Blood for the Blood God is a strong tale, mixing several great components: The history of the tribes and their political bickering, the elements of a heroic quest against the dark setting of Chaos. C.L. Werner’s book is a window into tribal life in the servitude to the dark gods.

Ask him about his tailor. I DARE you.

Ask him about his tailor. I DARE you.

The book is a prologue, a precursor to the daemon known as the Skulltaker: who he was and what he became. But more importantly, Blood for the Blood God is an eye opener into the cults of Khorne. The usual stereotype is that all Khorne worshipers are just crazed blood lusting warriors with no regard to the necessities of food, maintaining their equipment or doing anything to survive beyond what they can take from their victims. But in truth, they are not as one dimensional as people believe. Other stories written about the cults of Khorne would also work to minimize this stereotype. But make no mistake, for despite Khornite warriors having to go through the same struggles to survive as everyone else, they are still awesome warriors. And despite whatever sympathies you may have for Dorgo’s strife, no tale about the struggles of Chaos can ever end on a happy note.

Zombieslayer

When it's your brains or his, you chop.

When it's your brains or his, you chop.

Why? Why one may ask?

Why bother with a review of Gotrek and Felix’s latest adventure and the 12th book of the series, Zombieslayer? The fans are going to buy it anyway, while the initiates will need to catch up reading the first three omnibuses. Nathan Long has proven himself a worthy writing successor to William King, who started the series.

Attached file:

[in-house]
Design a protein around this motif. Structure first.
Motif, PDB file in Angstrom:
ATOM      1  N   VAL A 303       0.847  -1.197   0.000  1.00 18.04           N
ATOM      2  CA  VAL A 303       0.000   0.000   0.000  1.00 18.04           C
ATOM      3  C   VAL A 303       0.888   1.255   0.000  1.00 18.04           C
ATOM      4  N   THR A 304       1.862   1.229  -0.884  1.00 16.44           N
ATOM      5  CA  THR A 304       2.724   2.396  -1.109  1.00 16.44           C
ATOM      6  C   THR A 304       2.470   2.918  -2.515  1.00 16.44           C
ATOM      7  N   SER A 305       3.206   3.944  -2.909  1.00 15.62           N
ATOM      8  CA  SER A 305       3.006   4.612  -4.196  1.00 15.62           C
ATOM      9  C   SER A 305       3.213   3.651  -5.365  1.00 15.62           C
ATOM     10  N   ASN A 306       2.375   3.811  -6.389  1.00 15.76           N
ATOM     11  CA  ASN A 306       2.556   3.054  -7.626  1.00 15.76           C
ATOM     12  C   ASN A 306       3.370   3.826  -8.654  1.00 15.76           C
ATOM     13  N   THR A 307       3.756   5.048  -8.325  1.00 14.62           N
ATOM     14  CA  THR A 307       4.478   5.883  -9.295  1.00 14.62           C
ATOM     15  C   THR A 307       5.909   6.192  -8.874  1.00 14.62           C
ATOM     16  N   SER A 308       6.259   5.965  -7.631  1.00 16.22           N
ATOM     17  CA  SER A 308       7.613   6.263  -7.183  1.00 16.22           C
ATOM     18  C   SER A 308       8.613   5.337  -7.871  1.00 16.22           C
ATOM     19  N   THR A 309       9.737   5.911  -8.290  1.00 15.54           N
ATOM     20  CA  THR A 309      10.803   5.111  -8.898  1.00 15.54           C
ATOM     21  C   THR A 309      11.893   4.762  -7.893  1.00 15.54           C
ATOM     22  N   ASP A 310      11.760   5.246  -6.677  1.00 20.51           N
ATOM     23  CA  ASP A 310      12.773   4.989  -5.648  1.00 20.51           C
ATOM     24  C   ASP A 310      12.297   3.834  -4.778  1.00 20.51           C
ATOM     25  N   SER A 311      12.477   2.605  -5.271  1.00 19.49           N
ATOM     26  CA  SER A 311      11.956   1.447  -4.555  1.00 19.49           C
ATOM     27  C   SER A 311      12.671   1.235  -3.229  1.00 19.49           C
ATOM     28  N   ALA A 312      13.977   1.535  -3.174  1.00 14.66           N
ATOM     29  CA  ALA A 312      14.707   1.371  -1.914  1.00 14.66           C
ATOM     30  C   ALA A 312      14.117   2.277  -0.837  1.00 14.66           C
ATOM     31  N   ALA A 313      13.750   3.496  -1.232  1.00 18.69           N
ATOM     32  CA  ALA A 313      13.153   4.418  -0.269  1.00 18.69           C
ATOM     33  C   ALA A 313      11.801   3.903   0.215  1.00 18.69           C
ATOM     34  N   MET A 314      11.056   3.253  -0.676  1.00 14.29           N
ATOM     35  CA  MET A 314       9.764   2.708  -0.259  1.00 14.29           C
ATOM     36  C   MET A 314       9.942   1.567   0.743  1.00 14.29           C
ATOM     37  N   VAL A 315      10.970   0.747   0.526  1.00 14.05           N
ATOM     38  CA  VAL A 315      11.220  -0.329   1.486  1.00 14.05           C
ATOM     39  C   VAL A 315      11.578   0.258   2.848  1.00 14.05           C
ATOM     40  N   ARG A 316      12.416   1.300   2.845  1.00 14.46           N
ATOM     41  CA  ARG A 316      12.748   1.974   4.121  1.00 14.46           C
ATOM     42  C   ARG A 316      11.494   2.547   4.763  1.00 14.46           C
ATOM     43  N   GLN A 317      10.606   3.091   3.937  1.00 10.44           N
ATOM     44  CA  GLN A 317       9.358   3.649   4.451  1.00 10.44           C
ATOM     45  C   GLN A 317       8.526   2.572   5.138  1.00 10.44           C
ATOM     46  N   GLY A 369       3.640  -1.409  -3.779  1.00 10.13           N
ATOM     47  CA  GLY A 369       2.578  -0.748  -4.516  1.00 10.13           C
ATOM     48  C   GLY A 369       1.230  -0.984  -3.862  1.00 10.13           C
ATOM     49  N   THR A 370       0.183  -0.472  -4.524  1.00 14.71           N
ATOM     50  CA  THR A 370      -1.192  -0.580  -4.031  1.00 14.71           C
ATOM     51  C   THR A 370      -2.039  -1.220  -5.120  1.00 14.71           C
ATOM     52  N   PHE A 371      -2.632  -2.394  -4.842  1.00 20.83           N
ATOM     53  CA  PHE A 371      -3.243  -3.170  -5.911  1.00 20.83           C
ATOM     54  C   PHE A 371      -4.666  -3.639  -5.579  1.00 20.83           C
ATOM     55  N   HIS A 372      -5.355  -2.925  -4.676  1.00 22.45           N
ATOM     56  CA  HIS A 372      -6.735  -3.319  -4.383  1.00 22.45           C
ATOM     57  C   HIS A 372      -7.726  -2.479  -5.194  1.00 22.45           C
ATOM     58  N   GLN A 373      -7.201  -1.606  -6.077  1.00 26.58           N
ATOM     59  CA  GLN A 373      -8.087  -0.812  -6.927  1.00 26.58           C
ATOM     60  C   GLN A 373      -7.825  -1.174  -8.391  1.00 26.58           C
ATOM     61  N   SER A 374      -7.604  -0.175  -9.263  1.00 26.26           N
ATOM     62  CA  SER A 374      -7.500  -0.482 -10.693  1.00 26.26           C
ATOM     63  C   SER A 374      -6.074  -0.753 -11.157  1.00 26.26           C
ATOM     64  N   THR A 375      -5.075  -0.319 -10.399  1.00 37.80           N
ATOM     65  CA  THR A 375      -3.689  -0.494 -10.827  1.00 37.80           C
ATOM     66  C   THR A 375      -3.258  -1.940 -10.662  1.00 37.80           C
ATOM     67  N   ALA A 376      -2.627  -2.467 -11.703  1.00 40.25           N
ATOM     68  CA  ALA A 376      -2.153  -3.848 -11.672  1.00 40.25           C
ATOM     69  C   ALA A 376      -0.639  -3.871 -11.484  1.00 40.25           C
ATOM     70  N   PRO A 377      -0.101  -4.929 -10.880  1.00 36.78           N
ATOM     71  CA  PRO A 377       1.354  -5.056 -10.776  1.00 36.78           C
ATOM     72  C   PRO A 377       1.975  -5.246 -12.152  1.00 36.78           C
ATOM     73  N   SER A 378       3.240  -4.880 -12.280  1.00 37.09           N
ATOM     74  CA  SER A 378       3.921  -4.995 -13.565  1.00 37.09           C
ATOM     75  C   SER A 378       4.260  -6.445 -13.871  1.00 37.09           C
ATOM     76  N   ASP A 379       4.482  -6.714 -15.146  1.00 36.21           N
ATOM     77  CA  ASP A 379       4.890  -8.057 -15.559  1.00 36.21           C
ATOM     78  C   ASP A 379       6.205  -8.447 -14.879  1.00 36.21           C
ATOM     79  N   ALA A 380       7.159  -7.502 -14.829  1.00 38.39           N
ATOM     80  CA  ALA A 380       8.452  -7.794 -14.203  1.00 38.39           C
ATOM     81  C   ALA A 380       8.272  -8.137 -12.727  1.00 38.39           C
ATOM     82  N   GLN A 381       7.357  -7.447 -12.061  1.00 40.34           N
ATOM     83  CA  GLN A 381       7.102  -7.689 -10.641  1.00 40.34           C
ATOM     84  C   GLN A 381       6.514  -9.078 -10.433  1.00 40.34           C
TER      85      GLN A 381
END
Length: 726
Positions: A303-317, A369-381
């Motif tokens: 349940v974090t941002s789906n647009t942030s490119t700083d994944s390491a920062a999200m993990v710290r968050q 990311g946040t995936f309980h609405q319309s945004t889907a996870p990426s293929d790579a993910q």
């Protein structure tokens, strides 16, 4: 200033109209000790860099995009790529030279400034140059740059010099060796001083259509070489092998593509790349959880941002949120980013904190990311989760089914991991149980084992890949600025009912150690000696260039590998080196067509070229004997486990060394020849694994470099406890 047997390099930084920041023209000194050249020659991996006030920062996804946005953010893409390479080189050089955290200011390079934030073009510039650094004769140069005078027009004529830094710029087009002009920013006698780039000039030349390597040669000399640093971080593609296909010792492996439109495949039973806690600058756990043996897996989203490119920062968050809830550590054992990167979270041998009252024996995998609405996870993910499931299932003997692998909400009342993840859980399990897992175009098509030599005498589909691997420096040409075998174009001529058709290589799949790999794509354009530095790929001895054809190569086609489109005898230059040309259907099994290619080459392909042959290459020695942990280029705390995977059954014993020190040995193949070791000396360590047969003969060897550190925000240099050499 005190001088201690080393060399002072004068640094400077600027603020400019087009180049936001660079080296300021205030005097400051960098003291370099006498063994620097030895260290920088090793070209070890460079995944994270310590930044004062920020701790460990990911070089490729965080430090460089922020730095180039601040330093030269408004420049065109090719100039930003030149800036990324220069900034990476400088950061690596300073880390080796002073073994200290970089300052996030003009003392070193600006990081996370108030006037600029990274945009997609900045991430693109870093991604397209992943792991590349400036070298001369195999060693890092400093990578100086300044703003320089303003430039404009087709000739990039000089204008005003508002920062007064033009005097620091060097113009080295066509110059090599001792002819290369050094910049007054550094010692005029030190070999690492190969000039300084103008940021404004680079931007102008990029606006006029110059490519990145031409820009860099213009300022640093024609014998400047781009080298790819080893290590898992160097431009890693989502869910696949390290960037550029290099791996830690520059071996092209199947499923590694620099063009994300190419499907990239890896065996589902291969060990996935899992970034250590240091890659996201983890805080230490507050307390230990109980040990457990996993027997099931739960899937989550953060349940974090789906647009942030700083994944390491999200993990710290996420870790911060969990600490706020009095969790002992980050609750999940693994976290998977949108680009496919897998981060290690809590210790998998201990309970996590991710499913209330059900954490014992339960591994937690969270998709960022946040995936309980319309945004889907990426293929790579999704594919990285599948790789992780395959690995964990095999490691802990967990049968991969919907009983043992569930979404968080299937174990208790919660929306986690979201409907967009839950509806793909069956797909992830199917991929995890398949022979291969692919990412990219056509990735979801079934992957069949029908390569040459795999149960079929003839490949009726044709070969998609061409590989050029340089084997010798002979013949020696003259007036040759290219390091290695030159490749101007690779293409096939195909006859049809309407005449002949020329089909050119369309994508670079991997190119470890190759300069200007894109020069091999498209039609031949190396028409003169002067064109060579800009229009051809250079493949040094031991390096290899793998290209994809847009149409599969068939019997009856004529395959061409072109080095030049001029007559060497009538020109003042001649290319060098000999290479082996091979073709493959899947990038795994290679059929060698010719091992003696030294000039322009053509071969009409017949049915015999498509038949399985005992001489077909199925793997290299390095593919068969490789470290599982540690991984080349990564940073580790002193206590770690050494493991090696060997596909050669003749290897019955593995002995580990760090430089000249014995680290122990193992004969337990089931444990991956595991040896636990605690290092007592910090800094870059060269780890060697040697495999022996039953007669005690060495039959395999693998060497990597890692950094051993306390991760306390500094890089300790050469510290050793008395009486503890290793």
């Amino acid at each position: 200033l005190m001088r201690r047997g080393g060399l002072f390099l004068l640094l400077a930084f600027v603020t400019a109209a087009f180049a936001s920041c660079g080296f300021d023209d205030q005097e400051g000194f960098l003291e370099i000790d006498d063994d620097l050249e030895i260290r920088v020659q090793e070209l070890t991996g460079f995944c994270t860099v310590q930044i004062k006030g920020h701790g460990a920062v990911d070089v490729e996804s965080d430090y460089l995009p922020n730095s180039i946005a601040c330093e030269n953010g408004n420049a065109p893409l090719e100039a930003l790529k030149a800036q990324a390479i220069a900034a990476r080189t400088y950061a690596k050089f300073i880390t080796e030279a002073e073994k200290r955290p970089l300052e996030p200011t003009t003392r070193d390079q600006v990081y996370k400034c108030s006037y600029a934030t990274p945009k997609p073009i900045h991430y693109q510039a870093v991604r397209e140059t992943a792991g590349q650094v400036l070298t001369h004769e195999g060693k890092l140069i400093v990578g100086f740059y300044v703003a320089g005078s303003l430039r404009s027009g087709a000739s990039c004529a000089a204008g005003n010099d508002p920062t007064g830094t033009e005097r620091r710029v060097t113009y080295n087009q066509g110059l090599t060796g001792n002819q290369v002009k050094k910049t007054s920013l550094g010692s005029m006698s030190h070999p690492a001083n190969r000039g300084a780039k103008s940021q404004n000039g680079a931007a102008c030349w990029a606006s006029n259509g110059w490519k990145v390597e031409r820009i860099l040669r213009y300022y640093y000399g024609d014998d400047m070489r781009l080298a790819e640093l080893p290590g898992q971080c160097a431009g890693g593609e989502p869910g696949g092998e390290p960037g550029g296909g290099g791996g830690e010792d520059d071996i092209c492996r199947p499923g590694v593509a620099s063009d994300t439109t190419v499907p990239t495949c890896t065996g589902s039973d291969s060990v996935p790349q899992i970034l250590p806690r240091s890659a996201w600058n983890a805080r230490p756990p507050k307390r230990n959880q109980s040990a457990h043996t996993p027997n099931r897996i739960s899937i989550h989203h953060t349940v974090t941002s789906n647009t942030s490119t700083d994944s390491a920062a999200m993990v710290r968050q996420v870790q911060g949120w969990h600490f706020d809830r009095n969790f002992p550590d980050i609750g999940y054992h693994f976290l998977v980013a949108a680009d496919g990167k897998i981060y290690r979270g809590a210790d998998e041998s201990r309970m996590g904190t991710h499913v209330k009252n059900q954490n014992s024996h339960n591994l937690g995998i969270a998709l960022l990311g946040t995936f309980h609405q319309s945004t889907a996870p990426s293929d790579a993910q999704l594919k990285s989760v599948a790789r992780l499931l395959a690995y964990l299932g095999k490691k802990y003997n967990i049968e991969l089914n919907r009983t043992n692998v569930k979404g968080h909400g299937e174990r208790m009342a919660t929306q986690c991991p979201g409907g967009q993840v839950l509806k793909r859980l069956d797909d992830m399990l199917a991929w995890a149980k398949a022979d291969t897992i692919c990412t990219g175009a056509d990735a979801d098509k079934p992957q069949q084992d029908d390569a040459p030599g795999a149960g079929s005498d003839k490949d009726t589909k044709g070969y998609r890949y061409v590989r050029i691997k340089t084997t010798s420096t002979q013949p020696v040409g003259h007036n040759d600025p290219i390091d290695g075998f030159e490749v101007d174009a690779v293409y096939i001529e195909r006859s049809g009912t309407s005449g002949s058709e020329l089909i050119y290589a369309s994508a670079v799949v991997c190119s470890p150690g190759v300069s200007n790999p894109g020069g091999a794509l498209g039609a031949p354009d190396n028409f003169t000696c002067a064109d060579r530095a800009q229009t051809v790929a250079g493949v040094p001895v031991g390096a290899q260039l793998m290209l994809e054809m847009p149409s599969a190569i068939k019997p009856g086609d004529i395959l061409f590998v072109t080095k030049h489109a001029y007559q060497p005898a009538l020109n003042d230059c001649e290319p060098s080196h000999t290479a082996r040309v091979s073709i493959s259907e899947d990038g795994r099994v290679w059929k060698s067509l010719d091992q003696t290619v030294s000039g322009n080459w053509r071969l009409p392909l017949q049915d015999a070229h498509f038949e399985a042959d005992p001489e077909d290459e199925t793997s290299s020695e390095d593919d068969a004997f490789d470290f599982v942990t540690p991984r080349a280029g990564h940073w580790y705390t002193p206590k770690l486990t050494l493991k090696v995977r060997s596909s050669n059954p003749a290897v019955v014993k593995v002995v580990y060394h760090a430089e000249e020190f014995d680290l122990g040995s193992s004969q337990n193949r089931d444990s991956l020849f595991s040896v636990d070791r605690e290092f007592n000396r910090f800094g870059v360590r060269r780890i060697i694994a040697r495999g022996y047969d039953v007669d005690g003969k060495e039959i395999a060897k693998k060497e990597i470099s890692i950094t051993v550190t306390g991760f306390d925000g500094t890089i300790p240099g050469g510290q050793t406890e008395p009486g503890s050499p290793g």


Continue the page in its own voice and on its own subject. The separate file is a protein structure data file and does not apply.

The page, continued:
Well, all true. Still, I guess someone has to be vigilante for any loses in quality in the series. And now as then,  it’s as good as ever.

If anything, Zombieslayer seems even better than some of the earlier books. Most of the books have been open and closed affairs, but Zombieslayer takes place immediately following Shamanslayer after a cliffhanger ending. If you haven’t read Shamanslayer and are worried about a few minor plot spoilers, best turn away from here on.

The Gotrek, Felix, Snorri and the rest of the gang find themselves in trouble. Having killed the shaman who threatened to transform an entire army into beastmen, the crew are threatened by an evil necromancer whose power was no longer held in check. With Snorri missing a leg and memory damaged, Gotrek is determined to have him escape and releases Felix from his vow to do so. But before they have a chance, a misunderstanding leads to their arrest and incarceration, transporting them to castle Reikland.

There, they are eventually freed, but they are trapped in a long and lasting siege against a horde of no less than 10,000 strong and well, dead. Matters get worse when a powerful wight lord, whom the dwarves recognize from their book of grudges, appears with the allure of a glorious doom to the slayers. Meanwhile, not one but two mysteries grows when a traitor works to sabotage the defenders.

Zombieslayer is a top notch page turner. The siege is sharply written, the mystery kept you going right to the end. The characters are an intriguing lot. And questions about Gotrek’s fate are raised within the book, suggesting where the series is going. For any fan of Gotrek and Felix, or zombies in general, you’re going to get a kick out of this book.